I Set My Friends On Fire

I SET MY FRIENDS ON FIRE have always followed their own musical path and that's evident by listening to just a few seconds of the band's second full-length, Astral Rejection. The album is teeming chaotic moments, brutal breakdowns, electronica interludes and melodic choruses, however despite how schizophrenic this looks on paper, the band--vocalist Matt Mehana, drummer/keyboardist Chris Lent and new guitarist Ashton Howarth--have crafted a metallic masterpiece with Astral Rejection and raised the bar for sonic innovation and experimentation without sacrificing an ounce of the identity that has already endeared ISMFOF to fans all over the world.

Since forming in Miami, Florida, in 2007, I SET MY FRIENDS ON FIRE haven't wasted any time in becoming one of the most exciting acts in music today. The band were signed to Epitaph when Mehana was just seventeen years old and their second show was at 2008's Bamboozle Festival alongside acts like Jimmy Eat World and Paramore. Since then the band have toured tirelessly on their 2008 debut You Can't Spell Slaughter Without Laughter alongside acts like Chiodos, Silverstein and A Skylit Drive, building a fan base who is certain to erupt with enthusiasm upon the release of Astral Rejection.

Recorded with longtime collaborator and From First To Last/Human Abstract guitarist/vocalist Travis Richter in Los Angeles, ISMFOF second full-length sees them further expanding their musical palette to create an album that's so unique that the typical journalistic adjectives can't apply to these songs. "This time around it felt like we were actually writing a record rather than writing in pieces," Mehana responds when asked about the recording process. "It was definitely a new kind of experience because we were writing music that was unlike anything we'd heard before, but that's been our goal in this band all along... to push the envelope and create something new."

From the Arabic techno influence of "My Paralyzed Brother Taps His Foot To This Beat" to the cathartic chaos of "It Comes Naturally" and ethereal pop of "Life Hertz," Astral Rejection sees the band fully realizing their unique sound and pushes the boundaries of their music further than they ever have in the past. "We really push ourselves whenever we write anything but I have to admit that I was mentally exhausted by the time we finished this record," Mehana explains. "There were nights where I couldn't even sleep because some of the lyrics kept looping in my head; making this album was a huge mental struggle but it was also an amazing process."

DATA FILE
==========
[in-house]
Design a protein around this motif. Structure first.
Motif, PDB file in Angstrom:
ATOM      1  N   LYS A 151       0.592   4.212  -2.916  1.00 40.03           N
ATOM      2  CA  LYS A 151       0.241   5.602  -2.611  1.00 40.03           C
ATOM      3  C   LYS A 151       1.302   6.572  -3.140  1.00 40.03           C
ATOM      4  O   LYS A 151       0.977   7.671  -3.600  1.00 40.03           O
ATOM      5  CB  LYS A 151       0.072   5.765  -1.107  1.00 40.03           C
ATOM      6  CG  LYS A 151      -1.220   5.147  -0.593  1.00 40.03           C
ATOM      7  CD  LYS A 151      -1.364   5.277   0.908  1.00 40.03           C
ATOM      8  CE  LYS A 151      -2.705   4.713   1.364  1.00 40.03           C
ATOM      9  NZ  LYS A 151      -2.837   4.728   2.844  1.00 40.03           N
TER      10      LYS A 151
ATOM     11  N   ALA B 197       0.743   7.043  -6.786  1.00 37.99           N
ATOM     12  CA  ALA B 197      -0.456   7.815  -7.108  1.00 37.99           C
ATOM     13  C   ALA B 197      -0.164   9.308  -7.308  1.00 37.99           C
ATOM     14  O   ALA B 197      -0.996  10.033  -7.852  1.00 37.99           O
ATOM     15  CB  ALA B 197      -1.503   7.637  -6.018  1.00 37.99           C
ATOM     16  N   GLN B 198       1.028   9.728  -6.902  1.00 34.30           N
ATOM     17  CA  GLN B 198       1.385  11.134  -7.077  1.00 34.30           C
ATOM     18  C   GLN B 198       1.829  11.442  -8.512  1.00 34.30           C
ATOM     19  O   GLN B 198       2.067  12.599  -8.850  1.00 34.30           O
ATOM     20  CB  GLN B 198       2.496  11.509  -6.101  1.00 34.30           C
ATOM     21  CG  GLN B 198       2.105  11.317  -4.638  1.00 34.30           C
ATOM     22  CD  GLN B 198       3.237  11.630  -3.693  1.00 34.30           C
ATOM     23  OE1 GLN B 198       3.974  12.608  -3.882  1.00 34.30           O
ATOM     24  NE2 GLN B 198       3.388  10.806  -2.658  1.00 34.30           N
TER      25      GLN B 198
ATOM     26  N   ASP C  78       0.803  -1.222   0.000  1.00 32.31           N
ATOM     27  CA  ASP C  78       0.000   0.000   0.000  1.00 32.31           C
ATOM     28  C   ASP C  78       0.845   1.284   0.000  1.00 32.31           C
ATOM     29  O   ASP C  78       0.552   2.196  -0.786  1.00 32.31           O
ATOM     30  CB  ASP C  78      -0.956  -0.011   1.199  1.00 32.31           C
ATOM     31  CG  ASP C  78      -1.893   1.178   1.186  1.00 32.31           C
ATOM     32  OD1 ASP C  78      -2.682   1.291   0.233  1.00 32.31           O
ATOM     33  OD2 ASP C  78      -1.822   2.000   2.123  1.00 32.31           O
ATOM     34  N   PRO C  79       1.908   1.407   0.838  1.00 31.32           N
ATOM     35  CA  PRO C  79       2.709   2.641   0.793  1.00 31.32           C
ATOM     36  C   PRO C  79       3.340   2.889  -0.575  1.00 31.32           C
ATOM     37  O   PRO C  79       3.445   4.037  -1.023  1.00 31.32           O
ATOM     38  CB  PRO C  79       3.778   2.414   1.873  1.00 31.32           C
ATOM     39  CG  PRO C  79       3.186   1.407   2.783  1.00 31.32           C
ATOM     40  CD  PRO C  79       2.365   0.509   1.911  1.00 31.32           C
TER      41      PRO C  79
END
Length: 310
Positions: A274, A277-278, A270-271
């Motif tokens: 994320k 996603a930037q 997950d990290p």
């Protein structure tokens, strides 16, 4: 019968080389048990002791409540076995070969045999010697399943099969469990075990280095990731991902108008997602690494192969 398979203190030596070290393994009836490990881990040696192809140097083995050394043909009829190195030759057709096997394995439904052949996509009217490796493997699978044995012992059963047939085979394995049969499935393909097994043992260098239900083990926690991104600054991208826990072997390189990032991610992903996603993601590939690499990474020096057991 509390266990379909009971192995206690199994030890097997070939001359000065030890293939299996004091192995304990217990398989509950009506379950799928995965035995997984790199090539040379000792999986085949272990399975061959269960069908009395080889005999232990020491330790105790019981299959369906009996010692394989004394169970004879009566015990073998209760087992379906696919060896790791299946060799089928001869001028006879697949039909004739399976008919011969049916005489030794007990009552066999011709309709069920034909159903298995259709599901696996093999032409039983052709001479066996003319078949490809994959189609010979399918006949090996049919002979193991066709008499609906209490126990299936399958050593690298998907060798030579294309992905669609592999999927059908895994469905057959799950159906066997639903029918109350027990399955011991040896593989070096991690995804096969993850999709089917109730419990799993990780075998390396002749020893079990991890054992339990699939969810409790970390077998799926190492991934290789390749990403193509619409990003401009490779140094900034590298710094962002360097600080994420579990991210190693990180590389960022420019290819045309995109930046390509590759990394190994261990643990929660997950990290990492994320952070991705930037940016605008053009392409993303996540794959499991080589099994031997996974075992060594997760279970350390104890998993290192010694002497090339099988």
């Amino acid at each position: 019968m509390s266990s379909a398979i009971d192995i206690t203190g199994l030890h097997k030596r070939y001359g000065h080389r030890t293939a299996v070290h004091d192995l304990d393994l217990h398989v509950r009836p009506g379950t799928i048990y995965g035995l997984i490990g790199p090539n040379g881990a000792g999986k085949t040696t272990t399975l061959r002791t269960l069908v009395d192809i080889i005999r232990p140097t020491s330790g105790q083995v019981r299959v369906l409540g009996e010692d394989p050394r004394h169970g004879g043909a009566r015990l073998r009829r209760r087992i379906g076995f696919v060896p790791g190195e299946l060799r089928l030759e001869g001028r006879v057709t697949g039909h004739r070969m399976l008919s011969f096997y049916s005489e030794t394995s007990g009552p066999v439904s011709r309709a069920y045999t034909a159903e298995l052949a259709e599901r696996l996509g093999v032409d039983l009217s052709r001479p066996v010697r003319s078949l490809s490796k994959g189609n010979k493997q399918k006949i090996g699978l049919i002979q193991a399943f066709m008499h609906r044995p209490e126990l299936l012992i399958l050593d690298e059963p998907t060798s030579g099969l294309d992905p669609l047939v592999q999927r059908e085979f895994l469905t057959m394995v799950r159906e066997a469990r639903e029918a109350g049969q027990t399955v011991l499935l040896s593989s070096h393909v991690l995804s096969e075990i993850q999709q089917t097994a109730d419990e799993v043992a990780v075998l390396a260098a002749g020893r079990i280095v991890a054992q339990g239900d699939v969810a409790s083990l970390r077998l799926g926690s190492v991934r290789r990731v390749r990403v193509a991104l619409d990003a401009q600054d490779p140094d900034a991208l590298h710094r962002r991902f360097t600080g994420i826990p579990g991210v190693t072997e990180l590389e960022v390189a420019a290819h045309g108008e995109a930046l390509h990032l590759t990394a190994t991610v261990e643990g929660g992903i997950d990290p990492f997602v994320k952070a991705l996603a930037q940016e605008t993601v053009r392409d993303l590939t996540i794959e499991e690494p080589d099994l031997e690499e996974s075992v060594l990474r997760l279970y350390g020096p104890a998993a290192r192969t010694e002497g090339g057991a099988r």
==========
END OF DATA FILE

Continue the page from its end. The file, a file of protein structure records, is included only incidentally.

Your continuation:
That struggle is documented in the lyrics for Astral Rejection, which sees Mehana digging into some deep truths and confronting the bleaker side of technology. "To me the theme throughout the record is just living life unplugged from the source that everyone is used to, which is the Internet," he explains. (The title track directly addresses how we would maintain ourselves without the Web.) "This is a very dark record to me but it's also very metaphoric so that you can find different meanings every time you listen," he continues, adding that the Astral Rejection's meaning and themes are open to interpretation to the band's listeners.

When asked where the album's aggressive side tendencies come from, Mehana says, "A lot of it comes from a build that's been stacking from the time I started playing music--and the fact that it seems like nobody is really taking music seriously right now fuels that as well." However while I SET MY FRIENDS ON FIRE's main priority is creating music that's truly unique and groundbreaking, as you can see by the group's song titles they also have a sense of humor when it comes to their personalities. "We take our music seriously but we don't take ourselves too seriously and we I try to engage the audience onstage and offstage because I love joking around and talking to fans, that's part of the fun of being in a band."

Simply put, Astral Rejection is a huge step forward for I SET MY FRIENDS ON FIRE and Mehana believes that his audience will gladly come along for the ride. "I think that the people who listen to us will continue to grow with us and as we all get older and our taste in music changes I think they'll appreciating us directing our music in a new path instead of doing the same thing people expect," Mehana summarizes. "I like to think of this record as Satan's background music, but I don't really know what to call it... and I think that's what so cool about it. It is whatever you make it to be."

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